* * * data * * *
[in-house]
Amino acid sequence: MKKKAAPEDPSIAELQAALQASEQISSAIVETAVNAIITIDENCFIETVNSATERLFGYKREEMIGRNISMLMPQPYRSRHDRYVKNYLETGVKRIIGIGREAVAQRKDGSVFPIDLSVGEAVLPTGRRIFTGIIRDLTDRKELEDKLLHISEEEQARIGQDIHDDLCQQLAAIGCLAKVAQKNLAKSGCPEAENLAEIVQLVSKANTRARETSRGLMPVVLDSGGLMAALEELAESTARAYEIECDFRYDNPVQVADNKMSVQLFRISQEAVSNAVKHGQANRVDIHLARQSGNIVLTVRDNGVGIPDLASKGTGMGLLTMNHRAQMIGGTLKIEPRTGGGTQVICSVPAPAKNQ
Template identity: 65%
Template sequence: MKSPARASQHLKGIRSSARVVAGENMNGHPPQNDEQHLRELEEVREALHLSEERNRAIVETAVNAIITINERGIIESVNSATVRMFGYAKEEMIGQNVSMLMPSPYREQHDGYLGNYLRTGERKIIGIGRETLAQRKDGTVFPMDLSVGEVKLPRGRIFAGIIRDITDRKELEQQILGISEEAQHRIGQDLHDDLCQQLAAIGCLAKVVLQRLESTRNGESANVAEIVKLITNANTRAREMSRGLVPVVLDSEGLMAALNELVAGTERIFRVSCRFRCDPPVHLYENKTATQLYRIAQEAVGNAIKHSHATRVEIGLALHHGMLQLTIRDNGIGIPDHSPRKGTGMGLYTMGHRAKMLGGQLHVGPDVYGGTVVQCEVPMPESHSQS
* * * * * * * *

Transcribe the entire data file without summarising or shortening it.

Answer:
[in-house]
Amino acid sequence: MKKKAAPEDPSIAELQAALQASEQISSAIVETAVNAIITIDENCFIETVNSATERLFGYKREEMIGRNISMLMPQPYRSRHDRYVKNYLETGVKRIIGIGREAVAQRKDGSVFPIDLSVGEAVLPTGRRIFTGIIRDLTDRKELEDKLLHISEEEQARIGQDIHDDLCQQLAAIGCLAKVAQKNLAKSGCPEAENLAEIVQLVSKANTRARETSRGLMPVVLDSGGLMAALEELAESTARAYEIECDFRYDNPVQVADNKMSVQLFRISQEAVSNAVKHGQANRVDIHLARQSGNIVLTVRDNGVGIPDLASKGTGMGLLTMNHRAQMIGGTLKIEPRTGGGTQVICSVPAPAKNQ
Template identity: 65%
Template sequence: MKSPARASQHLKGIRSSARVVAGENMNGHPPQNDEQHLRELEEVREALHLSEERNRAIVETAVNAIITINERGIIESVNSATVRMFGYAKEEMIGQNVSMLMPSPYREQHDGYLGNYLRTGERKIIGIGRETLAQRKDGTVFPMDLSVGEVKLPRGRIFAGIIRDITDRKELEQQILGISEEAQHRIGQDLHDDLCQQLAAIGCLAKVVLQRLESTRNGESANVAEIVKLITNANTRAREMSRGLVPVVLDSEGLMAALNELVAGTERIFRVSCRFRCDPPVHLYENKTATQLYRIAQEAVGNAIKHSHATRVEIGLALHHGMLQLTIRDNGIGIPDHSPRKGTGMGLYTMGHRAKMLGGQLHVGPDVYGGTVVQCEVPMPESHSQS